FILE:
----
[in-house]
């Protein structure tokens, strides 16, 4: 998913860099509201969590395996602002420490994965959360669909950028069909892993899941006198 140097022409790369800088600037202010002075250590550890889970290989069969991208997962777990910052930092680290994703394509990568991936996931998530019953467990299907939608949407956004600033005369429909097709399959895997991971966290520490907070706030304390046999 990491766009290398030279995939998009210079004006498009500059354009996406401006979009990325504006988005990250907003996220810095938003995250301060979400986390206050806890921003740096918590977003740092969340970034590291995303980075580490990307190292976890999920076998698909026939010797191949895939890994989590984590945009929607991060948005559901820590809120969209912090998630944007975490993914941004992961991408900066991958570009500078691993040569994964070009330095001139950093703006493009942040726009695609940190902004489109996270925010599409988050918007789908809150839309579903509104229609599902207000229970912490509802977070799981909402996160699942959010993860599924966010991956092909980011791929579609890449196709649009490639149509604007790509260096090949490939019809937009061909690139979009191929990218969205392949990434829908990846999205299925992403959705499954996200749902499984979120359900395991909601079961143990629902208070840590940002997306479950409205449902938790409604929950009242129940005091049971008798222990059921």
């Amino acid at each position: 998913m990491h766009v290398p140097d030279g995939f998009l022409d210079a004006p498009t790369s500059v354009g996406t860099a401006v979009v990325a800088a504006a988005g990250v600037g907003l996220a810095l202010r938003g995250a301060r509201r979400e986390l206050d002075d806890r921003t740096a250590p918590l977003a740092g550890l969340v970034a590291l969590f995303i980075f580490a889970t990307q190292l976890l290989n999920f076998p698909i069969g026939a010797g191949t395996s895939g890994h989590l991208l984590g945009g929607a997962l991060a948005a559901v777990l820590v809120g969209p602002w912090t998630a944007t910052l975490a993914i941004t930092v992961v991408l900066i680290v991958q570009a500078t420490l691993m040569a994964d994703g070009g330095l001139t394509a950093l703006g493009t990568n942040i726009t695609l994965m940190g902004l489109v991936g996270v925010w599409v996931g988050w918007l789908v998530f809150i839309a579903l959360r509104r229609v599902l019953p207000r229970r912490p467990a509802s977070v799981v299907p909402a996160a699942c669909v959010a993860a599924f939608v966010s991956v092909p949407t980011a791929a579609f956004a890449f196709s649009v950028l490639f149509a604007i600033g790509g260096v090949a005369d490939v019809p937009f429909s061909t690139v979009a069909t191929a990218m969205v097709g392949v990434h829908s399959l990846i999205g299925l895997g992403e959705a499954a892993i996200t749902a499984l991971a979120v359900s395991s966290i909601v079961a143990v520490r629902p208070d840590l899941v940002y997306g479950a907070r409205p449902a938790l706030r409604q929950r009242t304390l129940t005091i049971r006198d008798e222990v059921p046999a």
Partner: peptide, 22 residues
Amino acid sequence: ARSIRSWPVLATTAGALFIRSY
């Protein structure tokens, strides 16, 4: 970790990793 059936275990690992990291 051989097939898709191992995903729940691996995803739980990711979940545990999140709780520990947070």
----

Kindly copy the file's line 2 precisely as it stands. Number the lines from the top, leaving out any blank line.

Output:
């Protein structure tokens, strides 16, 4: 998913860099509201969590395996602002420490994965959360669909950028069909892993899941006198 140097022409790369800088600037202010002075250590550890889970290989069969991208997962777990910052930092680290994703394509990568991936996931998530019953467990299907939608949407956004600033005369429909097709399959895997991971966290520490907070706030304390046999 990491766009290398030279995939998009210079004006498009500059354009996406401006979009990325504006988005990250907003996220810095938003995250301060979400986390206050806890921003740096918590977003740092969340970034590291995303980075580490990307190292976890999920076998698909026939010797191949895939890994989590984590945009929607991060948005559901820590809120969209912090998630944007975490993914941004992961991408900066991958570009500078691993040569994964070009330095001139950093703006493009942040726009695609940190902004489109996270925010599409988050918007789908809150839309579903509104229609599902207000229970912490509802977070799981909402996160699942959010993860599924966010991956092909980011791929579609890449196709649009490639149509604007790509260096090949490939019809937009061909690139979009191929990218969205392949990434829908990846999205299925992403959705499954996200749902499984979120359900395991909601079961143990629902208070840590940002997306479950409205449902938790409604929950009242129940005091049971008798222990059921």